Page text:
Letarte’s series will spotlight the importance of pit crews, and he’ll also choose pit crew all-stars to recognize their contributions to the sport and their perseverance on pit road.

This week’s first bunch of pit crew all-stars are Caleb Hurd, gasman for Denny Hamlin; Jeff Zarella, tire specialist for Kurt Busch and Frank Mathalia, engine tuner for Austin Dillon.

Give them and their peers some love and check out the above video.

NASCAR America: Dale Earnhardt Jr. wants one final Daytona win for himself and his father (video)

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Daytona International Speedway has been a bittersweet place for Dale Earnhardt Jr.

It’s been the place of his biggest NASCAR Cup career wins, including the Daytona 500 in 2004 and 2014.

But it’s also the same place where he lost his father  in a last-lap wreck in the 2001 Daytona 500.

Now, Earnhardt returns to the “World Center of Speed” for what will be the final time in his 18-year NASCAR Cup career.

On Wednesday’s edition of NASCAR America, Earnhardt reflected upon all the good and bad Daytona has meant to him and his family.

On his first time back to Daytona after his father’s death nearly five months earlier: “Once we got to Daytona, we drove by the racetrack, pulled in, parked in Turn 3, got out and walked around. The track was empty, quiet and I’d never been to the crash site. That’s where dad, in my mind, lost his life. That was where we all remember him last.”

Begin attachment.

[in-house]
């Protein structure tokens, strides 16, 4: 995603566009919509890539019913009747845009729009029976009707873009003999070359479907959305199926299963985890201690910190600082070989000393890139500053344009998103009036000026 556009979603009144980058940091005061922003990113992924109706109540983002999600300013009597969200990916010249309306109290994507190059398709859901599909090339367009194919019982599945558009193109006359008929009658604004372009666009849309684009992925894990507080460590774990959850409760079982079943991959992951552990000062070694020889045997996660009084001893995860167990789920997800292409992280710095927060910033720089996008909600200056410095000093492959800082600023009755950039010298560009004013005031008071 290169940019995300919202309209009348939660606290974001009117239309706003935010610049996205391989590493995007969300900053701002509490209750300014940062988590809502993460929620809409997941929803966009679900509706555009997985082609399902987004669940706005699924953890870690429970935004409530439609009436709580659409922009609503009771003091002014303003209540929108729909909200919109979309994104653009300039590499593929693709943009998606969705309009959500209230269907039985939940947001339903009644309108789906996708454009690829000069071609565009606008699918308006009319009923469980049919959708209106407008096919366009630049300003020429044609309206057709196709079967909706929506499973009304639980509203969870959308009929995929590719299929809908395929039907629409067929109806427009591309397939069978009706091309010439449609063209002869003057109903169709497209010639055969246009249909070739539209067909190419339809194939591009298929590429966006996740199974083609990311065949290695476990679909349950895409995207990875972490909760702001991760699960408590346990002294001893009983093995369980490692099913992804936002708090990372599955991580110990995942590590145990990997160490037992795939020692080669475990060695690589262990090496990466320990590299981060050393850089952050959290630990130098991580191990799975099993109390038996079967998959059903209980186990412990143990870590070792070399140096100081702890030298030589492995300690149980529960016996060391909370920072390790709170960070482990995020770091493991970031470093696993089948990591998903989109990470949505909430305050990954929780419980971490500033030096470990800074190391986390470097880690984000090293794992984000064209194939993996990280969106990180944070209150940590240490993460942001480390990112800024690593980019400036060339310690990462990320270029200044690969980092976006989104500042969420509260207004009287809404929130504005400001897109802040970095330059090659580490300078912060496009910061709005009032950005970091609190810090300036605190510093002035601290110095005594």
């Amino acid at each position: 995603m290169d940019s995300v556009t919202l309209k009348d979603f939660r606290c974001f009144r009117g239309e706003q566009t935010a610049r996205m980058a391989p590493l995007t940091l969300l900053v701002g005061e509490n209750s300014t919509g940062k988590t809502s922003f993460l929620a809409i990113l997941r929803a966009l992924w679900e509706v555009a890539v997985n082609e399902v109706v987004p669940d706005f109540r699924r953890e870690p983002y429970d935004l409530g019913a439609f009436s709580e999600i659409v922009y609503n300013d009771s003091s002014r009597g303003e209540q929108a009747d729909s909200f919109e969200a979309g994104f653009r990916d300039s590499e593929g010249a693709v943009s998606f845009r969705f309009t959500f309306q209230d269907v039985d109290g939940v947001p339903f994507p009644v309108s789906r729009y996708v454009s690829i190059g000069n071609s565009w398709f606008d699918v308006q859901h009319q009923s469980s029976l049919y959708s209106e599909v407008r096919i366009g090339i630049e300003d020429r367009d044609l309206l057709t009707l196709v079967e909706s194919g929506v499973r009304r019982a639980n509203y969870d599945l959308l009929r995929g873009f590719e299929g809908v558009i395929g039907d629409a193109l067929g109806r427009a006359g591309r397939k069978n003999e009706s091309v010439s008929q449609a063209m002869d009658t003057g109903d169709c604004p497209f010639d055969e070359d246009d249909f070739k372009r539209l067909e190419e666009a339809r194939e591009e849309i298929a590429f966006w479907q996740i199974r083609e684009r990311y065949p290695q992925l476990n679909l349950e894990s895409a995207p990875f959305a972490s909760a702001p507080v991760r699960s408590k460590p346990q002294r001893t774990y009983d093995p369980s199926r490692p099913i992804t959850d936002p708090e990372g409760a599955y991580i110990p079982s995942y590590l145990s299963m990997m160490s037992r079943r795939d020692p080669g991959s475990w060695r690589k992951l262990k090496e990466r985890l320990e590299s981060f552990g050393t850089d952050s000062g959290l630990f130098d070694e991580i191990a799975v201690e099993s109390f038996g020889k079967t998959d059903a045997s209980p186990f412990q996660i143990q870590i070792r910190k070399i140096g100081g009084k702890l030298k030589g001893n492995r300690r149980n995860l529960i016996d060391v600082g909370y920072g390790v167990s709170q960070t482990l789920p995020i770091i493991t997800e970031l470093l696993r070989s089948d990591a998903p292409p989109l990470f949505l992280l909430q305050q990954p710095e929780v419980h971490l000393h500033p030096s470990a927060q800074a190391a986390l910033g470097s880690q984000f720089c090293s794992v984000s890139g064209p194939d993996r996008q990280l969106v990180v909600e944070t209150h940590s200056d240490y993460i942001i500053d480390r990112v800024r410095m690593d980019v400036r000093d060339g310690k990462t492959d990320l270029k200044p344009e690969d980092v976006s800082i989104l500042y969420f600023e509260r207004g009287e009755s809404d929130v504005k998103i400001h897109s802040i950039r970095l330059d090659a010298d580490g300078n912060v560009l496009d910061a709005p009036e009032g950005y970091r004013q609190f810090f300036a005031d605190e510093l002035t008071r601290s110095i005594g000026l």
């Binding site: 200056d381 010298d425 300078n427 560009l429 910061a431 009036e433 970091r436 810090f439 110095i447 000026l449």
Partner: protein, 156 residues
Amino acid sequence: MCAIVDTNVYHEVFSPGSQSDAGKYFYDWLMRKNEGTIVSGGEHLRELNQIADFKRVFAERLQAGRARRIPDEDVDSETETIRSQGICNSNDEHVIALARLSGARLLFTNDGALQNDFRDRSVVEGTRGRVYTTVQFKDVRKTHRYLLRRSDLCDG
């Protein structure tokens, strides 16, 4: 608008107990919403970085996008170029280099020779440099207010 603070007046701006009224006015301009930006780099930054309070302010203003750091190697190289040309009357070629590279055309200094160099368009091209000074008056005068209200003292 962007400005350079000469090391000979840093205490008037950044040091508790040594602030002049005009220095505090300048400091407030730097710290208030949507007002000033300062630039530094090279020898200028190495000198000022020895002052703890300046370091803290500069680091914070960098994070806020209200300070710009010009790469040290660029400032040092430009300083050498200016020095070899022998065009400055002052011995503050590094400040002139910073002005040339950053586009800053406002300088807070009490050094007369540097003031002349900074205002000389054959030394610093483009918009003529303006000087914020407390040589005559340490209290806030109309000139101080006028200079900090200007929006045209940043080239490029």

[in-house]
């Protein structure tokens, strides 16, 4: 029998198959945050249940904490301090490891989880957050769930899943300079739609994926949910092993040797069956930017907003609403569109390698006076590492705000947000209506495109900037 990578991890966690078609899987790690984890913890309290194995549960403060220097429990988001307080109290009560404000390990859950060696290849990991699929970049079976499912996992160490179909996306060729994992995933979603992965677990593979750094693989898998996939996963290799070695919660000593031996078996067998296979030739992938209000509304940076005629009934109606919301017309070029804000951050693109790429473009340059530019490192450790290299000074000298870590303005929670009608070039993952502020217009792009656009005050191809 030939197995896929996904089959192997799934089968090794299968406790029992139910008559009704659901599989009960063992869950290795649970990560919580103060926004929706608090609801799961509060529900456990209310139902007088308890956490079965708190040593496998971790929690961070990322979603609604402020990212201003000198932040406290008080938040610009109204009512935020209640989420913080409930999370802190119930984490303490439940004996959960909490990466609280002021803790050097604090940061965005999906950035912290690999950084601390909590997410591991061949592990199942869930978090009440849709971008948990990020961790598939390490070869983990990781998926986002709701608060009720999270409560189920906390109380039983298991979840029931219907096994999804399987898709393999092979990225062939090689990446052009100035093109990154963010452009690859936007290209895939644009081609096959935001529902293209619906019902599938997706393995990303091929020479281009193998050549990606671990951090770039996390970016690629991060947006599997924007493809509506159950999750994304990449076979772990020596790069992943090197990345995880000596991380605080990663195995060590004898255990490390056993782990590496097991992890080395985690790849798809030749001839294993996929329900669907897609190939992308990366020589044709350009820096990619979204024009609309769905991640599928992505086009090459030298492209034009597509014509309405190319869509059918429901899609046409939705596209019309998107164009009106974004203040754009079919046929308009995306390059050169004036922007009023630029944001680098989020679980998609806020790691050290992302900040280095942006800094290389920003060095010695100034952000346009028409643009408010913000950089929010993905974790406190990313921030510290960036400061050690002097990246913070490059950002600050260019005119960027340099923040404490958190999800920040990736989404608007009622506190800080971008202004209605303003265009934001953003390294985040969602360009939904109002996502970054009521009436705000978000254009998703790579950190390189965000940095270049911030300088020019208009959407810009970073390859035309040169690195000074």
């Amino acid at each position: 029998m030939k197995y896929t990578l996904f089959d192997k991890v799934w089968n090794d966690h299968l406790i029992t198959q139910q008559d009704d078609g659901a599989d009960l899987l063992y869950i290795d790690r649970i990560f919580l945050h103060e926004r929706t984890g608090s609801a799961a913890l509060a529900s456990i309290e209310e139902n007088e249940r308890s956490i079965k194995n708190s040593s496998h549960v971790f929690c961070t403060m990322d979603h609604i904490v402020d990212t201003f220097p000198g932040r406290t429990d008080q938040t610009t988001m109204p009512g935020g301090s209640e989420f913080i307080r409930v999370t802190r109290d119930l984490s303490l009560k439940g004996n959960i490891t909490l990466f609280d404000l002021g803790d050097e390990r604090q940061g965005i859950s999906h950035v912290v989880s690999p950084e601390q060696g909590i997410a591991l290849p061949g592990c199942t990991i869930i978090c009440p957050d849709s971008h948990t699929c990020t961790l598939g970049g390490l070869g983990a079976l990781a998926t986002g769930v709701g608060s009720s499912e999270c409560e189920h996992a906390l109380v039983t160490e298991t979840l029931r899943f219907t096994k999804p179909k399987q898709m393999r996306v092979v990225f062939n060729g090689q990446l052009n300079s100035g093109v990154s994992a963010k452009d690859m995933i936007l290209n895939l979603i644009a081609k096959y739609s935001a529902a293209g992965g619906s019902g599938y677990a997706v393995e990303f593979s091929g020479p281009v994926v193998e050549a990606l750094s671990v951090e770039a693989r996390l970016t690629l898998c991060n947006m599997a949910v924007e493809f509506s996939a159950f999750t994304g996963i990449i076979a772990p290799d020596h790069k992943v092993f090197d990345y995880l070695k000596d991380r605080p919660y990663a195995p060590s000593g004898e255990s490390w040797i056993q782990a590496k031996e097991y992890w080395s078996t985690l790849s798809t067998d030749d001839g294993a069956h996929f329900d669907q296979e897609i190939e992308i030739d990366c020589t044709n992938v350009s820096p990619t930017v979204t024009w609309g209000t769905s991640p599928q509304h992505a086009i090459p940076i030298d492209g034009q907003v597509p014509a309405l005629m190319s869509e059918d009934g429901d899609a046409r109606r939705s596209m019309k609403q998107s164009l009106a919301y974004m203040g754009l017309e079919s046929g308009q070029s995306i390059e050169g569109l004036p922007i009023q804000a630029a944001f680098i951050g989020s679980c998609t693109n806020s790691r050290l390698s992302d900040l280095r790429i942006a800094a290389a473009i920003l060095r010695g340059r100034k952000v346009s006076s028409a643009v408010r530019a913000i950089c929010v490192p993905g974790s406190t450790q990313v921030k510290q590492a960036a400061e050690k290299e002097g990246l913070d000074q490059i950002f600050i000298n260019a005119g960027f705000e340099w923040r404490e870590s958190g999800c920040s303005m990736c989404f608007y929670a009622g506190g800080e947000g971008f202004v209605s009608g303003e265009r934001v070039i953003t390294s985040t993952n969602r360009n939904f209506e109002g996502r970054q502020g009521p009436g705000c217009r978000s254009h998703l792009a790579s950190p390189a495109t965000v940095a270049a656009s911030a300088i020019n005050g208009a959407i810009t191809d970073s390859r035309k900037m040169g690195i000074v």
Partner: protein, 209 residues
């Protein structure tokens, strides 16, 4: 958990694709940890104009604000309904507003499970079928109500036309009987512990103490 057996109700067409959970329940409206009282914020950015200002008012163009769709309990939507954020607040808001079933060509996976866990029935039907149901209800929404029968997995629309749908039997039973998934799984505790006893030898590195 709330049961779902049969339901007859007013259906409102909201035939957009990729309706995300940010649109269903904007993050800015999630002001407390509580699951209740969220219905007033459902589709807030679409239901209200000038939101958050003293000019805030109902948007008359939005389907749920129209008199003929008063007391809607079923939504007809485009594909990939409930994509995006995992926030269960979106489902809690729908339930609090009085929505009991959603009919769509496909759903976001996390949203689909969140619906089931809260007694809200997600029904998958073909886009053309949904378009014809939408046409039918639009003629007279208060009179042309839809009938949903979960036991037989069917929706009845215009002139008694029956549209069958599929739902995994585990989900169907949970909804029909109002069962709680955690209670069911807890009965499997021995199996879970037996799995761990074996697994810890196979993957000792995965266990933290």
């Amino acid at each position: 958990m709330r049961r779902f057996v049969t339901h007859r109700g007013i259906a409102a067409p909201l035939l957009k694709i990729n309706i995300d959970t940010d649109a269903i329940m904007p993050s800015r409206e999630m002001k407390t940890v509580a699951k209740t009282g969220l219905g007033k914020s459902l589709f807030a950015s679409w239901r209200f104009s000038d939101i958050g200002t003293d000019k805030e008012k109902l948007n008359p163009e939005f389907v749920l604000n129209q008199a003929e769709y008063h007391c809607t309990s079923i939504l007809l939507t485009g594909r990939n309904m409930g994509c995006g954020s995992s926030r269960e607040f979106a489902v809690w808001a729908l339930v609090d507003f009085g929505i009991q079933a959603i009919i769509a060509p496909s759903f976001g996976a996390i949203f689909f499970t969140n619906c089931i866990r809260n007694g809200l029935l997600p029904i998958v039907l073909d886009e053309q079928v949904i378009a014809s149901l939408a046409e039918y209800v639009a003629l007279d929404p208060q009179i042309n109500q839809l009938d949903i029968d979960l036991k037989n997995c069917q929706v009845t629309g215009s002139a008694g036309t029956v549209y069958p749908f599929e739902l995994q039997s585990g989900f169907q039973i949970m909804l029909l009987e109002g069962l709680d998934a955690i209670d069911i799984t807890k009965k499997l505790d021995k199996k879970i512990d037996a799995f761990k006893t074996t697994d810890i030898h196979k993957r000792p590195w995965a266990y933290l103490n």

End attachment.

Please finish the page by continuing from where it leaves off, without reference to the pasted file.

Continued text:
Returning to Daytona for the first time after his father’s death there: “I felt like that was a place I wanted to visit. And every time I go to Daytona, even today, I go around that racetrack, I look at that spot, I look at that knoll of grass before the exit of Turn 4. I wanted to go there and see how I felt and see what kind of emotions happened so that I could get whatever was going to be out of the way.

“I told myself what I was going through is the same sadness that some guy somewhere in the Midwest is dealing with right now. Who am I to go on and on about how hard it was, because somebody, somewhere right now is dealing with a loss.”

How he wishes his father was still here to see the man and driver he’s become: “I’d have loved it if he’d stuck around a lot longer, but that’s not the way it was supposed to be. And we figured out how to make it (when he won the 2001 Coke Zero 400 in his father’s honor).”

On wanting to win one last time at Daytona in a Cup car this Saturday night: “I’d love to win at Daytona and add another win to the Earnhardt column. Every time I win there, I think it’s another win for me and dad because his success there stretches far beyond the Daytona 400 and July 400. But any time I win there, that’s one more stake in the ground that we claim this track as a place we dominate.”